playing poker and teaching science
- Name: Mr Reed
- Location: Indiana, United States
I'm a middle school science teacher, wrestling coach, poker player, scuba diver, aikido black belt, amateur writer, and student of life. I also try to give back a little by volunteering at a children's home in Belmopan, Belize, Central America. I also love Frosted Flakes.
Wednesday, December 30, 2009
Monday, December 28, 2009
Top 10 things to remember about 2009:
1. a milestone birthday
2. a 16-1 wrestling team
3. Space Camp!
4. receiving the NASA/Honeywell "Right Stuff" Award
5. a fat raise at school
6. standing up to a friend's stalker
7. out with the old, in with the new
8. pub poker point leader
9. a great sumo table
10. all-in on my first hand at the Palms
Wednesday, December 16, 2009
A White Trash Christmas
When I decided to go into teaching I was hired by the first and only principal to interview me and have been in the same position for the past 19 years. I work in a great school system and thoroughly enjoy my job.
During my martial arts study, I’ve found some amazing teachers who were each unique in their own regard. They include a small Korean gentleman who could move mountains with his Judo, a bookish musician who would always defend three times before he retaliated with a flurry of Tang Soo Do kicks and punches, and a husband and wife team, each with more than 30 years experience, who in their modesty don’t even seem to realize the power that is always evident in their application of Aikido technique.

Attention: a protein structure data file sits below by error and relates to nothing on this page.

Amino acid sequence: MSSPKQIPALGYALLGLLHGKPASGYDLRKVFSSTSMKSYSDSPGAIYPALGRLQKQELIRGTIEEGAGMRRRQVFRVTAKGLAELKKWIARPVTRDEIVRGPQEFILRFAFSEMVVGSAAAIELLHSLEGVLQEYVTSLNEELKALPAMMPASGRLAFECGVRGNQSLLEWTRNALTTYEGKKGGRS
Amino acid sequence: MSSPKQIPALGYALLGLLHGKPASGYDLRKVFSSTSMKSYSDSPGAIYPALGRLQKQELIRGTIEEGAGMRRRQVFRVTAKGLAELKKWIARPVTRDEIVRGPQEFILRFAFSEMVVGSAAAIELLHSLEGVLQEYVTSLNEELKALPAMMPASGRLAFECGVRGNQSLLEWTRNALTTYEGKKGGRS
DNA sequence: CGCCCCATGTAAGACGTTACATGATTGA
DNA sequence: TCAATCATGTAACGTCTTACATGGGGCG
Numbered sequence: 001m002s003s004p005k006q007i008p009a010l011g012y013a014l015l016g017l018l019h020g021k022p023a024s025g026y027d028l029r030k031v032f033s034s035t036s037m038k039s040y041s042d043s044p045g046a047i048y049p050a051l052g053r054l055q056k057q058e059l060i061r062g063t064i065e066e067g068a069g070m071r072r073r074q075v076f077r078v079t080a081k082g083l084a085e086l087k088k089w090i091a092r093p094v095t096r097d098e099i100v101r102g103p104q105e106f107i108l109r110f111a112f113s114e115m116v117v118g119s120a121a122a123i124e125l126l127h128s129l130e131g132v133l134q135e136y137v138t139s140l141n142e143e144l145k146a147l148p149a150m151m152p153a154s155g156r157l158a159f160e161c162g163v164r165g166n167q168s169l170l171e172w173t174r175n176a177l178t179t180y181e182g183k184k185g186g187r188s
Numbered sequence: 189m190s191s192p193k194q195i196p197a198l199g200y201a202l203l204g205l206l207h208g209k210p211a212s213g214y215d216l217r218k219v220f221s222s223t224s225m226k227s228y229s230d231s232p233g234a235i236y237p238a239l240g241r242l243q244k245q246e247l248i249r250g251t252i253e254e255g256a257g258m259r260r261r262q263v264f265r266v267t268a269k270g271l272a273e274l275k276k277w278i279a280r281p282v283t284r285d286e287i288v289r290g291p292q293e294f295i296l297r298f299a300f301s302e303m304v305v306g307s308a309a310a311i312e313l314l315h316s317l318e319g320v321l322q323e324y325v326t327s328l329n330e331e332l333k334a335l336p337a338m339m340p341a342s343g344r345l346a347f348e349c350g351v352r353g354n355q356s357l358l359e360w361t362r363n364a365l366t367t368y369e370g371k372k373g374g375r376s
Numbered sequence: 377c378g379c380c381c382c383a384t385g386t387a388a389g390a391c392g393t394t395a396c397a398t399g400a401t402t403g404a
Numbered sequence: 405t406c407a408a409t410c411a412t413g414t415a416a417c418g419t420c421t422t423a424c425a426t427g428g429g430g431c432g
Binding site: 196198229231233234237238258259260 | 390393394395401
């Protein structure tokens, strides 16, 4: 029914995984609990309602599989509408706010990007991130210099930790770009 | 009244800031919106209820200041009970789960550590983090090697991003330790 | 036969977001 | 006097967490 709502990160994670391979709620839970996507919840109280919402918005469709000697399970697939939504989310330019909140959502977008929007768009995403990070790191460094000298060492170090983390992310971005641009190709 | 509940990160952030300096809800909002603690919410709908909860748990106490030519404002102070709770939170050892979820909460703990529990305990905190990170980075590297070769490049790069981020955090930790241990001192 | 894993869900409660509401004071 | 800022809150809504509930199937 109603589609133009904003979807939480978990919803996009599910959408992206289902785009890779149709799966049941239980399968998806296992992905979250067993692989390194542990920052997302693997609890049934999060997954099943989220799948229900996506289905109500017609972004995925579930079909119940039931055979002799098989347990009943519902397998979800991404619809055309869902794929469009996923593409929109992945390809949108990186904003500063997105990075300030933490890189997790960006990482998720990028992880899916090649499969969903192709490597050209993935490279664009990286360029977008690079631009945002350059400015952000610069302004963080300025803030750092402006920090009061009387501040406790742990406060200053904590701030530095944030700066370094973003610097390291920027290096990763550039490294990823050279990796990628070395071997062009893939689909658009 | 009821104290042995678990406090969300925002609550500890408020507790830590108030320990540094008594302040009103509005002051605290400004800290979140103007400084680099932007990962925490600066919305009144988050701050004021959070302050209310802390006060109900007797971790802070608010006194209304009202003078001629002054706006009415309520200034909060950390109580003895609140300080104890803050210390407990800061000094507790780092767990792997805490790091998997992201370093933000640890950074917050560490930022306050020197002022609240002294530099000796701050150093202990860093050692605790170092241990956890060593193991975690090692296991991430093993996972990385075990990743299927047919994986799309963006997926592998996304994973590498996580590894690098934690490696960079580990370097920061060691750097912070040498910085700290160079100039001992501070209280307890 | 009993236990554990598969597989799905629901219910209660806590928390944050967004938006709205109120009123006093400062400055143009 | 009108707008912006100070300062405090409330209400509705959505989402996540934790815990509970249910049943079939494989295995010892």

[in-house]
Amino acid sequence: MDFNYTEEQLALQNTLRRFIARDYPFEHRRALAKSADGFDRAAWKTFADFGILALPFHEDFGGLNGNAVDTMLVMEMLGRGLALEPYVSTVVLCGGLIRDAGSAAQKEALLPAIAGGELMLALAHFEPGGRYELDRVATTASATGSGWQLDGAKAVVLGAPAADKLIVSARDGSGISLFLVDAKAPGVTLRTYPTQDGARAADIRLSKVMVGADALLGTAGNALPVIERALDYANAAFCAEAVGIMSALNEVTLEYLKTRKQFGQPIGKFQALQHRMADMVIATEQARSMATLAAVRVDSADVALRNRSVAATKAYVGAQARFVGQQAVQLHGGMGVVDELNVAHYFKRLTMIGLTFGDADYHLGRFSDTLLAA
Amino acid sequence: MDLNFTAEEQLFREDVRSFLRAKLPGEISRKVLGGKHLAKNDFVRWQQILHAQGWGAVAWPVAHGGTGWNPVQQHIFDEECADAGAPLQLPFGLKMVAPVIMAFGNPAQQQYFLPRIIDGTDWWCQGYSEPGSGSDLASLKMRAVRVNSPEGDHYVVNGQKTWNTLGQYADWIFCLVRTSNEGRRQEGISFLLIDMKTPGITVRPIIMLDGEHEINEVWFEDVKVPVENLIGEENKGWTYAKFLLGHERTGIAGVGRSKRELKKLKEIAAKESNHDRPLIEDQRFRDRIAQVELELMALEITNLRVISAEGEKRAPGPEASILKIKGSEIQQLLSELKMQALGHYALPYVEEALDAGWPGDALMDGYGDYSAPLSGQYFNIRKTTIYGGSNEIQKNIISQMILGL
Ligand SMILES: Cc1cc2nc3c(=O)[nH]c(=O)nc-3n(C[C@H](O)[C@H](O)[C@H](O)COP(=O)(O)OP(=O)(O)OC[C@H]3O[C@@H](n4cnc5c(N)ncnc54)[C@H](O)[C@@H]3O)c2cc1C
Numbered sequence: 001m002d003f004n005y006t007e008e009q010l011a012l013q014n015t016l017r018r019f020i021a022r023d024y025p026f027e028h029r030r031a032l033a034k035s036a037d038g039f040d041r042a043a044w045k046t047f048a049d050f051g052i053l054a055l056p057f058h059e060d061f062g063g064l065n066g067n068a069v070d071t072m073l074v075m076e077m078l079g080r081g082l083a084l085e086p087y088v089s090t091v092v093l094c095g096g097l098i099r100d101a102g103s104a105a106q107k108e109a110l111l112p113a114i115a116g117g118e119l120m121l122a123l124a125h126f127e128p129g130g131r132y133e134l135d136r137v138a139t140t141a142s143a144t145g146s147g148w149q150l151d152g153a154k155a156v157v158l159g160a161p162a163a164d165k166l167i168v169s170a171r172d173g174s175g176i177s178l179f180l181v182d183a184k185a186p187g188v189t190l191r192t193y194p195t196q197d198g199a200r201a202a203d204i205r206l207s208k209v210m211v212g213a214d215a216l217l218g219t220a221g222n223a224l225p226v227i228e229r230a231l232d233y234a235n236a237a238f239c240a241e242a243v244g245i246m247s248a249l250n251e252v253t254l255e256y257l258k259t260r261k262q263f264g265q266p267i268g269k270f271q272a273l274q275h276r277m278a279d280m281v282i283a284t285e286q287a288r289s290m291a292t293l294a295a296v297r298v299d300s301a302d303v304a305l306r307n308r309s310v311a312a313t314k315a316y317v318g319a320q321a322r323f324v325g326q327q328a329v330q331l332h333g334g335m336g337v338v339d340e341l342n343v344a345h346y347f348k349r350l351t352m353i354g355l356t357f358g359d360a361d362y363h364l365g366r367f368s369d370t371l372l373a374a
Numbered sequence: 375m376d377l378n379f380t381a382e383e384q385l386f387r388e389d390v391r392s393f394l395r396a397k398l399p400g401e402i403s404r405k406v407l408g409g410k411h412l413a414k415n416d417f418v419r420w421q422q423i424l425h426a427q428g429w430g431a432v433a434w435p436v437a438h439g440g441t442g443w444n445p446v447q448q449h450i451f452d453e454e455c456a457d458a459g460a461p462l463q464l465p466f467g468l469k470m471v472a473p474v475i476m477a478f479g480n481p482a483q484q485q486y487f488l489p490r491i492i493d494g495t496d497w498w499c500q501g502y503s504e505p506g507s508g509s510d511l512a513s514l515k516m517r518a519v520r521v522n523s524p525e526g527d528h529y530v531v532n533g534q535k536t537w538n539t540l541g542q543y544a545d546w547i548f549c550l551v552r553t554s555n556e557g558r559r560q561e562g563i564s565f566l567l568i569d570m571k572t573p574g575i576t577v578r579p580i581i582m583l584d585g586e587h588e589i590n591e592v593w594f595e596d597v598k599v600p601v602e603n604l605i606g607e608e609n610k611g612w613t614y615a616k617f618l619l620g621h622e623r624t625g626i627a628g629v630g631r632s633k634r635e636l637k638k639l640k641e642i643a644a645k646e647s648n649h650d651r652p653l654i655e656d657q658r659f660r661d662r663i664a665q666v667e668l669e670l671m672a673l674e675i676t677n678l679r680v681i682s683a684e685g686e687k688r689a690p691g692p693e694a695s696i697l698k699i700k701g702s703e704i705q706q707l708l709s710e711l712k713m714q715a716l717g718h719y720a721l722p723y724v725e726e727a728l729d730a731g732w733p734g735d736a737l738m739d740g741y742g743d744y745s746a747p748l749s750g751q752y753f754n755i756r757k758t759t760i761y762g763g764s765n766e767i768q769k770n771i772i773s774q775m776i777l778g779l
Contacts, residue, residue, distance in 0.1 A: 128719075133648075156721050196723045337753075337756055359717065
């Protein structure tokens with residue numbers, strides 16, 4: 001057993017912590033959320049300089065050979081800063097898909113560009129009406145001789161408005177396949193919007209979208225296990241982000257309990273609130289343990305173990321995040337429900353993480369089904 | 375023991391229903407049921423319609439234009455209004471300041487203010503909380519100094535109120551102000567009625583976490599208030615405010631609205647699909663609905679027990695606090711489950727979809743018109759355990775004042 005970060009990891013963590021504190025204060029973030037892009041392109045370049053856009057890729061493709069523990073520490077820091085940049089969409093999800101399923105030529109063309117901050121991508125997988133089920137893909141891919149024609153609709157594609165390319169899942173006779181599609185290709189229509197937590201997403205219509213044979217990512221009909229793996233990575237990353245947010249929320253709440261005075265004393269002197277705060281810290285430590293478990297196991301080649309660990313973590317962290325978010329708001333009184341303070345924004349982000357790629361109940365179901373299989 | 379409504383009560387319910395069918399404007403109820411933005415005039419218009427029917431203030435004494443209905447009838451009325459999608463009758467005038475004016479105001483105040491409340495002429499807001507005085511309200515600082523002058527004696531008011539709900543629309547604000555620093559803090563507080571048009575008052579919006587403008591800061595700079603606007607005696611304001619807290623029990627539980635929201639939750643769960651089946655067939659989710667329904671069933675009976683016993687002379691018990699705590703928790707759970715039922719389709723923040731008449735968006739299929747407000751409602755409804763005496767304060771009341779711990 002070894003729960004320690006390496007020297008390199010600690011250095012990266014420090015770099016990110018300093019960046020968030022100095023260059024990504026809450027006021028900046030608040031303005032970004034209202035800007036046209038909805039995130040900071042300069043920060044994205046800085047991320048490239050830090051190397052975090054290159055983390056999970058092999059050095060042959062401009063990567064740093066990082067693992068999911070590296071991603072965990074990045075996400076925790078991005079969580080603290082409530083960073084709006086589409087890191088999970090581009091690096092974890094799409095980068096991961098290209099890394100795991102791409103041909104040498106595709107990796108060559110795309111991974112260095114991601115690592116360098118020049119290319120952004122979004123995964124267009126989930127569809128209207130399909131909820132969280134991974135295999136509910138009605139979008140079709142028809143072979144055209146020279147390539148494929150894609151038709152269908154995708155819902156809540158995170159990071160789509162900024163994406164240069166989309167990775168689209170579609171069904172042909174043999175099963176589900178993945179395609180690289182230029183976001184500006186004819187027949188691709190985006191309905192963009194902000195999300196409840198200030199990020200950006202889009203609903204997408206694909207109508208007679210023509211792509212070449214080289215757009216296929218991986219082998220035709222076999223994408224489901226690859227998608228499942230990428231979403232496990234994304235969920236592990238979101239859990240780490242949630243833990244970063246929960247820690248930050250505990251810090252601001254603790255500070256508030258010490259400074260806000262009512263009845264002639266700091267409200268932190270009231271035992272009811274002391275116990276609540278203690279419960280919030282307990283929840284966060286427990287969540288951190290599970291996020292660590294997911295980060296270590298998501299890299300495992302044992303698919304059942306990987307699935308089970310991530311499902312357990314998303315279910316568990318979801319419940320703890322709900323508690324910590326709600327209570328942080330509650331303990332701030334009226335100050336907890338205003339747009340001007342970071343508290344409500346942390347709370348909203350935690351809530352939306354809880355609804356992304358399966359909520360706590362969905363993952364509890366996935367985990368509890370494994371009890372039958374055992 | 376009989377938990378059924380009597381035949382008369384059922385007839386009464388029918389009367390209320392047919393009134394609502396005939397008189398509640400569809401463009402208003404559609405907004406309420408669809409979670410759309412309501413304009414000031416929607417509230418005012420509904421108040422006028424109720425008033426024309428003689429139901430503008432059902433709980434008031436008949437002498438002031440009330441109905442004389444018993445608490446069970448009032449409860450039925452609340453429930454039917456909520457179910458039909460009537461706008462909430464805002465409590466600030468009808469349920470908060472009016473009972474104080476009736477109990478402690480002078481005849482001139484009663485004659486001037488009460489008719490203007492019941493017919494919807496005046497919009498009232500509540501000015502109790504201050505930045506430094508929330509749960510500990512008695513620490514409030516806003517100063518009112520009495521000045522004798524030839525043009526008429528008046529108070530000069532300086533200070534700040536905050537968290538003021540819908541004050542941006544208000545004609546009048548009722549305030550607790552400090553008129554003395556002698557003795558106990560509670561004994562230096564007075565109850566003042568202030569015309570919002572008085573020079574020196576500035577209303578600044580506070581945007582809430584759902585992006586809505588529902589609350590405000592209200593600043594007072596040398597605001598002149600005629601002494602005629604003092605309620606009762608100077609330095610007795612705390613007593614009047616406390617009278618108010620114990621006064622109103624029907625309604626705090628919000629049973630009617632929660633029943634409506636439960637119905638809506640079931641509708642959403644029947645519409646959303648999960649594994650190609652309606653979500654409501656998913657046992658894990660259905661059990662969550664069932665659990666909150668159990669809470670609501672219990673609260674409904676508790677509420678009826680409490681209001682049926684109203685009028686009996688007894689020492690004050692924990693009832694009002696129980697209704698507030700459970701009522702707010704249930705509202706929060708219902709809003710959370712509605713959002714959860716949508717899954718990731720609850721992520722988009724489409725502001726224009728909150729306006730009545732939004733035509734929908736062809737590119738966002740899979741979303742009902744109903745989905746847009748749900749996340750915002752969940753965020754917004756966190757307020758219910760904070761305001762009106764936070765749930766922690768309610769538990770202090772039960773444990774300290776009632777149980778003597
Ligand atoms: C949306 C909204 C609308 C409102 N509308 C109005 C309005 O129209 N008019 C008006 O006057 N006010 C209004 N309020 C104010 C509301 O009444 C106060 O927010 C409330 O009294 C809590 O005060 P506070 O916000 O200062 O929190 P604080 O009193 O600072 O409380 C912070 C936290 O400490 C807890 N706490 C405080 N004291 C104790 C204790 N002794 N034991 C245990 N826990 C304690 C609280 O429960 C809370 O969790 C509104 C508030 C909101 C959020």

It’s safe to say I think that every martial artist who has ever darkened the door of a local dojo, whether he’s had a simple self-defense course or decades of intensive training and study, wonders how he will react to a real-life situation. Will the training kick in or will we revert to the flight or flight response that has worked so effectively throughout a hundred thousand years of evolution?
We wonder if our reaction to a given situation will be the culmination of our teaching and training that molds who we are as people and as martial artists, or if we will fall back on the fetal-position technique and simply duck and cover.
Few martial artists get to test their mettle.
I wasn’t that lucky…
It had been a wonderful dinner at one of my favorite places to eat in Indianapolis. Iaria’s has been in the Iaria family since the 1930’s and actually in the same location on South College since the 1940’s. The food is fantastic and as close to authentic Italian as I am likely to have any time soon.
It’s small, reasonably priced, and one of those word-of-mouth eateries that you don’t find very often. The last time I ate there I sat at the table next to Bill Polian, the President of the Indianapolis Colts.